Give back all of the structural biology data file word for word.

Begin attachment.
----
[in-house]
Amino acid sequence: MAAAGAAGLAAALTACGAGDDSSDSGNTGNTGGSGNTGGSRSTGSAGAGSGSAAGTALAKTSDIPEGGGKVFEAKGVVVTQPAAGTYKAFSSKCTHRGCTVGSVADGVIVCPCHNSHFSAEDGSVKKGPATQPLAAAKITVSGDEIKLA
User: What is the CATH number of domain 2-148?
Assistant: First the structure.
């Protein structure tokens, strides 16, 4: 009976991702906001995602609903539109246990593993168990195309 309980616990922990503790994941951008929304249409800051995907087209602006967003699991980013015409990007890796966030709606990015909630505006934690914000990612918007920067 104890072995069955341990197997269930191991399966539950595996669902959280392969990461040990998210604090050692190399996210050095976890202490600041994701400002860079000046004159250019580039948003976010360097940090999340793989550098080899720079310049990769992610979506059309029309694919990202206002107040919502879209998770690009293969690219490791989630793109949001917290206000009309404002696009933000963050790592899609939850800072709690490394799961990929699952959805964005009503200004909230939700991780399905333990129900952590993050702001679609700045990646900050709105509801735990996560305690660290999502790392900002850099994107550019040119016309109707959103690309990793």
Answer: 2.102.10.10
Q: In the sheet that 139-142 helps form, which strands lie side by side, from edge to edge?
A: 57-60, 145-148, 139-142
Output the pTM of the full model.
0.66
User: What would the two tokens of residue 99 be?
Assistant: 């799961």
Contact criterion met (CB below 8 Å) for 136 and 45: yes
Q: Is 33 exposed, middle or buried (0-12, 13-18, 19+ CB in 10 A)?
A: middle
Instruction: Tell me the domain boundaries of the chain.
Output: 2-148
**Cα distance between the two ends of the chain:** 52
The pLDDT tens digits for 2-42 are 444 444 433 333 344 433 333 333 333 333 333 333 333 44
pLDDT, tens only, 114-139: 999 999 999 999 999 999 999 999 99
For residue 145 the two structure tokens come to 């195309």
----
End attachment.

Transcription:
[in-house]
Amino acid sequence: MAAAGAAGLAAALTACGAGDDSSDSGNTGNTGGSGNTGGSRSTGSAGAGSGSAAGTALAKTSDIPEGGGKVFEAKGVVVTQPAAGTYKAFSSKCTHRGCTVGSVADGVIVCPCHNSHFSAEDGSVKKGPATQPLAAAKITVSGDEIKLA
User: What is the CATH number of domain 2-148?
Assistant: First the structure.
């Protein structure tokens, strides 16, 4: 009976991702906001995602609903539109246990593993168990195309 309980616990922990503790994941951008929304249409800051995907087209602006967003699991980013015409990007890796966030709606990015909630505006934690914000990612918007920067 104890072995069955341990197997269930191991399966539950595996669902959280392969990461040990998210604090050692190399996210050095976890202490600041994701400002860079000046004159250019580039948003976010360097940090999340793989550098080899720079310049990769992610979506059309029309694919990202206002107040919502879209998770690009293969690219490791989630793109949001917290206000009309404002696009933000963050790592899609939850800072709690490394799961990929699952959805964005009503200004909230939700991780399905333990129900952590993050702001679609700045990646900050709105509801735990996560305690660290999502790392900002850099994107550019040119016309109707959103690309990793």
Answer: 2.102.10.10
Q: In the sheet that 139-142 helps form, which strands lie side by side, from edge to edge?
A: 57-60, 145-148, 139-142
Output the pTM of the full model.
0.66
User: What would the two tokens of residue 99 be?
Assistant: 């799961």
Contact criterion met (CB below 8 Å) for 136 and 45: yes
Q: Is 33 exposed, middle or buried (0-12, 13-18, 19+ CB in 10 A)?
A: middle
Instruction: Tell me the domain boundaries of the chain.
Output: 2-148
**Cα distance between the two ends of the chain:** 52
The pLDDT tens digits for 2-42 are 444 444 433 333 344 433 333 333 333 333 333 333 333 44
pLDDT, tens only, 114-139: 999 999 999 999 999 999 999 999 99
For residue 145 the two structure tokens come to 């195309």